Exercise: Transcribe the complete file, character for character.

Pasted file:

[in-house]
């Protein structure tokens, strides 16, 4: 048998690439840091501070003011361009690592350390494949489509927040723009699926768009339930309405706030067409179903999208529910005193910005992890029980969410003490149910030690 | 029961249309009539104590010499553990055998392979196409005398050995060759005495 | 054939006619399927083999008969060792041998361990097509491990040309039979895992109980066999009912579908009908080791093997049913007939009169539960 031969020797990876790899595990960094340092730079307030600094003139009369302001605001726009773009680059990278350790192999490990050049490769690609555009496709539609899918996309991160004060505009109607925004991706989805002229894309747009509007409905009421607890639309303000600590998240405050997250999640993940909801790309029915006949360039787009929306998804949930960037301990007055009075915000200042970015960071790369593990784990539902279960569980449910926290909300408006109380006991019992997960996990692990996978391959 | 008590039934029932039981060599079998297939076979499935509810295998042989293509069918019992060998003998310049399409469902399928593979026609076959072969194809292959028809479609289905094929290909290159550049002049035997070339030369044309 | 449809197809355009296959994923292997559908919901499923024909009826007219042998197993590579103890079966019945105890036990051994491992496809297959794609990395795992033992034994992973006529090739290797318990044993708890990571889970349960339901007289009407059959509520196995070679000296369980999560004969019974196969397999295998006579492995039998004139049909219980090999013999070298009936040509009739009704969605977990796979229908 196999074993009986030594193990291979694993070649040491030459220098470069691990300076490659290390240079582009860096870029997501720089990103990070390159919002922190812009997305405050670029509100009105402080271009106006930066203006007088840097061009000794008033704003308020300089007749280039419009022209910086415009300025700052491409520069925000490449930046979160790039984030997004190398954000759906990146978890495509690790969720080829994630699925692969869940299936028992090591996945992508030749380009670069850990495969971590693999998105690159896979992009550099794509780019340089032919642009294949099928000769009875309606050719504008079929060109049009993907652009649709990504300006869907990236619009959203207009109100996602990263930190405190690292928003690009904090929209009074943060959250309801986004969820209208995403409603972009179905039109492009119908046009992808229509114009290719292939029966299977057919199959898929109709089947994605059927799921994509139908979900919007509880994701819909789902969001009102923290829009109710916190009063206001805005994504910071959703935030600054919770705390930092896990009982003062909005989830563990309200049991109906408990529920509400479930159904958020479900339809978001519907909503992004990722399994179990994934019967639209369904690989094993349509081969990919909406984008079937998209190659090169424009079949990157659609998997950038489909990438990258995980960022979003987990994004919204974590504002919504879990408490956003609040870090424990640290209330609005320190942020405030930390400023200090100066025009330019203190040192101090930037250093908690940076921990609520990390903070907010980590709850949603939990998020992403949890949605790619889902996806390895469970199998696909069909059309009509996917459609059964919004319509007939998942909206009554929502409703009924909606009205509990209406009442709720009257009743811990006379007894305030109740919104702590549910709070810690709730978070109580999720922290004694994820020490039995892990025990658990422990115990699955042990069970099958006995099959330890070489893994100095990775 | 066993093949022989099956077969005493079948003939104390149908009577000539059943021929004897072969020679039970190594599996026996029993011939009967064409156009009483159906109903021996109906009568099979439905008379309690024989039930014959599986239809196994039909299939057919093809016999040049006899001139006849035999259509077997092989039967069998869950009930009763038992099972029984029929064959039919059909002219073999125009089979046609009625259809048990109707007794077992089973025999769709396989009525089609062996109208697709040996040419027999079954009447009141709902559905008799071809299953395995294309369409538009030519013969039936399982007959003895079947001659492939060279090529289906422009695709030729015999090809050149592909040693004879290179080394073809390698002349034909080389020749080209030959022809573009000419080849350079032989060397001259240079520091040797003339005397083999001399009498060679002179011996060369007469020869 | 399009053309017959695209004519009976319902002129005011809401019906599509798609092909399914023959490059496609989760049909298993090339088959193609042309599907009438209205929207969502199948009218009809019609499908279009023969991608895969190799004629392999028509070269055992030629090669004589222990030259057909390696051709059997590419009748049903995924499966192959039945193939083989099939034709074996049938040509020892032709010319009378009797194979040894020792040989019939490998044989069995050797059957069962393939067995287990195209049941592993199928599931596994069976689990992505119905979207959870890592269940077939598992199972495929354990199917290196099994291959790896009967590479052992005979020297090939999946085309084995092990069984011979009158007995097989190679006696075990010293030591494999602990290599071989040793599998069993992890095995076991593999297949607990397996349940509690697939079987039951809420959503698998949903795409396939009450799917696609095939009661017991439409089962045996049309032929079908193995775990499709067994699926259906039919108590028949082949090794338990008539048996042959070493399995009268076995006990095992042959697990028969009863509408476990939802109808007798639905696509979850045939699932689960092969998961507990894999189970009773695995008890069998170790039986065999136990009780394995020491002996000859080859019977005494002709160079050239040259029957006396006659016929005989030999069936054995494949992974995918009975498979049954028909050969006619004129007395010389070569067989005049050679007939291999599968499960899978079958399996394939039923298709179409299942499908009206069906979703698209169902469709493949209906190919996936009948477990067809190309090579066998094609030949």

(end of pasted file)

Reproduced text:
[in-house]
């Protein structure tokens, strides 16, 4: 048998690439840091501070003011361009690592350390494949489509927040723009699926768009339930309405706030067409179903999208529910005193910005992890029980969410003490149910030690 | 029961249309009539104590010499553990055998392979196409005398050995060759005495 | 054939006619399927083999008969060792041998361990097509491990040309039979895992109980066999009912579908009908080791093997049913007939009169539960 031969020797990876790899595990960094340092730079307030600094003139009369302001605001726009773009680059990278350790192999490990050049490769690609555009496709539609899918996309991160004060505009109607925004991706989805002229894309747009509007409905009421607890639309303000600590998240405050997250999640993940909801790309029915006949360039787009929306998804949930960037301990007055009075915000200042970015960071790369593990784990539902279960569980449910926290909300408006109380006991019992997960996990692990996978391959 | 008590039934029932039981060599079998297939076979499935509810295998042989293509069918019992060998003998310049399409469902399928593979026609076959072969194809292959028809479609289905094929290909290159550049002049035997070339030369044309 | 449809197809355009296959994923292997559908919901499923024909009826007219042998197993590579103890079966019945105890036990051994491992496809297959794609990395795992033992034994992973006529090739290797318990044993708890990571889970349960339901007289009407059959509520196995070679000296369980999560004969019974196969397999295998006579492995039998004139049909219980090999013999070298009936040509009739009704969605977990796979229908 196999074993009986030594193990291979694993070649040491030459220098470069691990300076490659290390240079582009860096870029997501720089990103990070390159919002922190812009997305405050670029509100009105402080271009106006930066203006007088840097061009000794008033704003308020300089007749280039419009022209910086415009300025700052491409520069925000490449930046979160790039984030997004190398954000759906990146978890495509690790969720080829994630699925692969869940299936028992090591996945992508030749380009670069850990495969971590693999998105690159896979992009550099794509780019340089032919642009294949099928000769009875309606050719504008079929060109049009993907652009649709990504300006869907990236619009959203207009109100996602990263930190405190690292928003690009904090929209009074943060959250309801986004969820209208995403409603972009179905039109492009119908046009992808229509114009290719292939029966299977057919199959898929109709089947994605059927799921994509139908979900919007509880994701819909789902969001009102923290829009109710916190009063206001805005994504910071959703935030600054919770705390930092896990009982003062909005989830563990309200049991109906408990529920509400479930159904958020479900339809978001519907909503992004990722399994179990994934019967639209369904690989094993349509081969990919909406984008079937998209190659090169424009079949990157659609998997950038489909990438990258995980960022979003987990994004919204974590504002919504879990408490956003609040870090424990640290209330609005320190942020405030930390400023200090100066025009330019203190040192101090930037250093908690940076921990609520990390903070907010980590709850949603939990998020992403949890949605790619889902996806390895469970199998696909069909059309009509996917459609059964919004319509007939998942909206009554929502409703009924909606009205509990209406009442709720009257009743811990006379007894305030109740919104702590549910709070810690709730978070109580999720922290004694994820020490039995892990025990658990422990115990699955042990069970099958006995099959330890070489893994100095990775 | 066993093949022989099956077969005493079948003939104390149908009577000539059943021929004897072969020679039970190594599996026996029993011939009967064409156009009483159906109903021996109906009568099979439905008379309690024989039930014959599986239809196994039909299939057919093809016999040049006899001139006849035999259509077997092989039967069998869950009930009763038992099972029984029929064959039919059909002219073999125009089979046609009625259809048990109707007794077992089973025999769709396989009525089609062996109208697709040996040419027999079954009447009141709902559905008799071809299953395995294309369409538009030519013969039936399982007959003895079947001659492939060279090529289906422009695709030729015999090809050149592909040693004879290179080394073809390698002349034909080389020749080209030959022809573009000419080849350079032989060397001259240079520091040797003339005397083999001399009498060679002179011996060369007469020869 | 399009053309017959695209004519009976319902002129005011809401019906599509798609092909399914023959490059496609989760049909298993090339088959193609042309599907009438209205929207969502199948009218009809019609499908279009023969991608895969190799004629392999028509070269055992030629090669004589222990030259057909390696051709059997590419009748049903995924499966192959039945193939083989099939034709074996049938040509020892032709010319009378009797194979040894020792040989019939490998044989069995050797059957069962393939067995287990195209049941592993199928599931596994069976689990992505119905979207959870890592269940077939598992199972495929354990199917290196099994291959790896009967590479052992005979020297090939999946085309084995092990069984011979009158007995097989190679006696075990010293030591494999602990290599071989040793599998069993992890095995076991593999297949607990397996349940509690697939079987039951809420959503698998949903795409396939009450799917696609095939009661017991439409089962045996049309032929079908193995775990499709067994699926259906039919108590028949082949090794338990008539048996042959070493399995009268076995006990095992042959697990028969009863509408476990939802109808007798639905696509979850045939699932689960092969998961507990894999189970009773695995008890069998170790039986065999136990009780394995020491002996000859080859019977005494002709160079050239040259029957006396006659016929005989030999069936054995494949992974995918009975498979049954028909050969006619004129007395010389070569067989005049050679007939291999599968499960899978079958399996394939039923298709179409299942499908009206069906979703698209169902469709493949209906190919996936009948477990067809190309090579066998094609030949």